Against Scout’s better judgement, they enact Boo’s life with great gusto until Atticus learns of the game. The children play the game less frequently after that, and Jem and Dill begin excluding Scout, spending more and more time together in the treehouse. Lonely, Scout begins spending more of her time with Miss Maudie.
When Scout insists that the boys include her in their plans, they tell her that they’re going to deliver a note to Boo Radley asking him to come outside. She and Dill are posted as guards, while Jem tries to deliver the note, but Atticus intervenes, telling the children to leave the Radleys alone. On Dill’s last night in Maycomb, he and Jem decide to “peep in the window with the loose shutter to see if they could get a look at Boo Radley.
” Scout discourages them from going to the Radley house, but reluctantly decides to join them. Someone inside the Radley house comes out and fires a shotgun. The children scurry out of the yard, but Jem gets caught on the fence and is forced to remove his pants to get to safety. As the neighborhood gathers to discuss the gunfire, Dill concocts an unlikely explanation for Jem’s lack of pants. Atticus tells Jem to get his pants from Dill and come home.
At home, Jem confides in Scout that he’s going back to the Radley’s to get his pants. Scout literally fears for his life, but Jem would rather risk life and limb than admit to Atticus that he lied. School starts again. This year, Jem and Scout walk home together, and they again begin finding things in the Radley’s tree. After receiving several increasingly valuable treasures, Jem and Scout decide to write a thank-you note to whoever is leaving the gifts.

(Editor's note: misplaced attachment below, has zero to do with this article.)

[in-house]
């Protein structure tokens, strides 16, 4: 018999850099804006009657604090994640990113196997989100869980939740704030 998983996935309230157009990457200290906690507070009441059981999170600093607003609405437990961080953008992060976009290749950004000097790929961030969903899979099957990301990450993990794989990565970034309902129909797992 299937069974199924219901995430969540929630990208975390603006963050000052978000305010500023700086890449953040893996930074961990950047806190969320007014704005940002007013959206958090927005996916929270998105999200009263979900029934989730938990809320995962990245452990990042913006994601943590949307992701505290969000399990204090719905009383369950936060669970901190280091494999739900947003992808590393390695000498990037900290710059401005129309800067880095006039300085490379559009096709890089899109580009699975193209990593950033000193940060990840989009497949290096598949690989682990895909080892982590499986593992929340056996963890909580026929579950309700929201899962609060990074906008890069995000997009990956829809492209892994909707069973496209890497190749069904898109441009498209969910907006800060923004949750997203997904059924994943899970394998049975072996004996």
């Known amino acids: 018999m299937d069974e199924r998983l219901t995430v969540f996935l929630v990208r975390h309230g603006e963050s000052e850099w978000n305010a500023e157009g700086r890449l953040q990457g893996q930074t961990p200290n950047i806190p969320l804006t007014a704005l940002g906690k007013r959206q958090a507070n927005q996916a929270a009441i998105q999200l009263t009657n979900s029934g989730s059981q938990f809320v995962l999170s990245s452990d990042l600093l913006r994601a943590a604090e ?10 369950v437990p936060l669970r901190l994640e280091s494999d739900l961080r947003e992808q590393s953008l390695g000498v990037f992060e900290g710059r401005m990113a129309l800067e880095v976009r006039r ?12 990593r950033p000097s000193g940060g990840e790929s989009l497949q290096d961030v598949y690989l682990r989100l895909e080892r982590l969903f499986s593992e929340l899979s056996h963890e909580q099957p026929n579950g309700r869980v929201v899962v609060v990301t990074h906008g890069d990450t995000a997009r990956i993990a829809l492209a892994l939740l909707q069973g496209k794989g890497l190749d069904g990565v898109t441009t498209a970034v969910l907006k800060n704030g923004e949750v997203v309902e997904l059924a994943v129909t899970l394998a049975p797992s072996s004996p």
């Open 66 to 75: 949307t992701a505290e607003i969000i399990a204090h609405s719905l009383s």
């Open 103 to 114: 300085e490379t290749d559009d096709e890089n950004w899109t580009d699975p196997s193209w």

When they try to deliver the note, however, they find to their dismay that the knothole has been filled with cement. For the first time in decades, Maycomb gets snow. School is closed, so Jem and Scout spend their day trying to build a snowman. That night, Miss Maudie’s house burns to the ground. Jem and Scout are sent to wait in front of the Radley’s while the fire is still raging. Boo Radley walks up and puts a blanket around a shivering Scout’s shoulders, but both she and Jem are too engrossed in the fire to notice.
The next day, Scout is surprised to find Miss Maudie in good spirits, working in her yard and talking about expanding her garden. Near Christmastime, a classmate taunts Scout with the news that Atticus is defending a black man. Atticus asks Scout to promise to “‘hold your head high, and keep those fists down. . . .
Try fighting with your head for a change,'”–a promise Scout tries to uphold, with limited success. Uncle Jack Finch comes for Christmas as he does every year; Scout and her family spend Christmas at Finch’s Landing with Aunt Alexandra and her family. Alexandra’s grandson, Francis, begins teasing Scout about Atticus defending a black man. She attacks Francis and is punished by Uncle Jack, who had warned her not to fight or curse.